Perhaps Dylan Thomas was drawing on this rich Welsh heritage in creating something musical, sonorous and emotional from the English he chose to write in?SDIM4899 (2)For completeness I shall include a link, click here, to the official D M Thomas centenary website. Others can assess its’ clarity and promotional merits.SDIM4961 (2)
In my previous post I wrote of a new word to me – superhydrophobicity.
Last night I found the very same word being used in the latest  RHS ‘The Garden’ magazine (February 2014) in the context of a new water repelling fabric design based on the structures of the micro surfaces of nasturtium leaves. Click here for a brilliant brief Nature video link, which includes several clips of water droplets splitting and bouncing off superhydrophobic surfaces, including this new material (developed at Massachussetts Institute of Technology, Cambridge, USA by Kripa Varanasi and his team), as well as water falling from leaves and butterfly wings.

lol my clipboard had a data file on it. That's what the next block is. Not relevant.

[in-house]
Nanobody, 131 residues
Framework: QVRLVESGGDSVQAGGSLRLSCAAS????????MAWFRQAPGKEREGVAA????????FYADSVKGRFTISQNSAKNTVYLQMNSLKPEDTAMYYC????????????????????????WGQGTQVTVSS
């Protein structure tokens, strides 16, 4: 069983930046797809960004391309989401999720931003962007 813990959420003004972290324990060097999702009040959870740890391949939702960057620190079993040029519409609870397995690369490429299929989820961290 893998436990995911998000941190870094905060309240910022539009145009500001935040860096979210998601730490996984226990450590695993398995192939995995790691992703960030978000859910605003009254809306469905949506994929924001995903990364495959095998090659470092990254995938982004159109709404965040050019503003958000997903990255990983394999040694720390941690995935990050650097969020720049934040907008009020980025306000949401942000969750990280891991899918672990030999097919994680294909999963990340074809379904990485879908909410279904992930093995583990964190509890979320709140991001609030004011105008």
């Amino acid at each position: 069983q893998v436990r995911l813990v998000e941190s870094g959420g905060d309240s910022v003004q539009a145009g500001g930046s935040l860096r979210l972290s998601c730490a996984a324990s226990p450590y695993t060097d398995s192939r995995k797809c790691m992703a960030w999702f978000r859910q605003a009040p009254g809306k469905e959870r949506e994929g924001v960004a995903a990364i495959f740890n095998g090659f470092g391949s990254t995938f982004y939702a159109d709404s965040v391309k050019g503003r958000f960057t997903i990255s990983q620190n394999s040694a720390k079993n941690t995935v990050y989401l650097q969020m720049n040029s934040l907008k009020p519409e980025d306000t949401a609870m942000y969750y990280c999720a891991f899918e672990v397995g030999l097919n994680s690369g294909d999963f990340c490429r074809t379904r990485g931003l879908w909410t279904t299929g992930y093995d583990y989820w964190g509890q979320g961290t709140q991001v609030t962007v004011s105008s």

In this post I’m going to discuss another newish word to me ‘resupination’.
This is the process I mentioned previously whereby an orchid flower bud rotates before opening.SDIM4969 (2)
I thought I’d include a sequence of photos which illustrate just how this happens, having made a sequence of black felt tip marks along the base of a couple of adjacent flower stems. SDIM4989 (2)This process is initiated by hormones (auxins) produced by the reproductive parts of the flower. Click here for a succinct review of resupination by one of the key researchers in this field, Joseph Arditti. Here you’ll discover that some species rotate the buds clockwise, some anticlockwise, and some alternate the direction of bud rotation as you move up a stem. How do they do that? And why?SDIM5008 (2)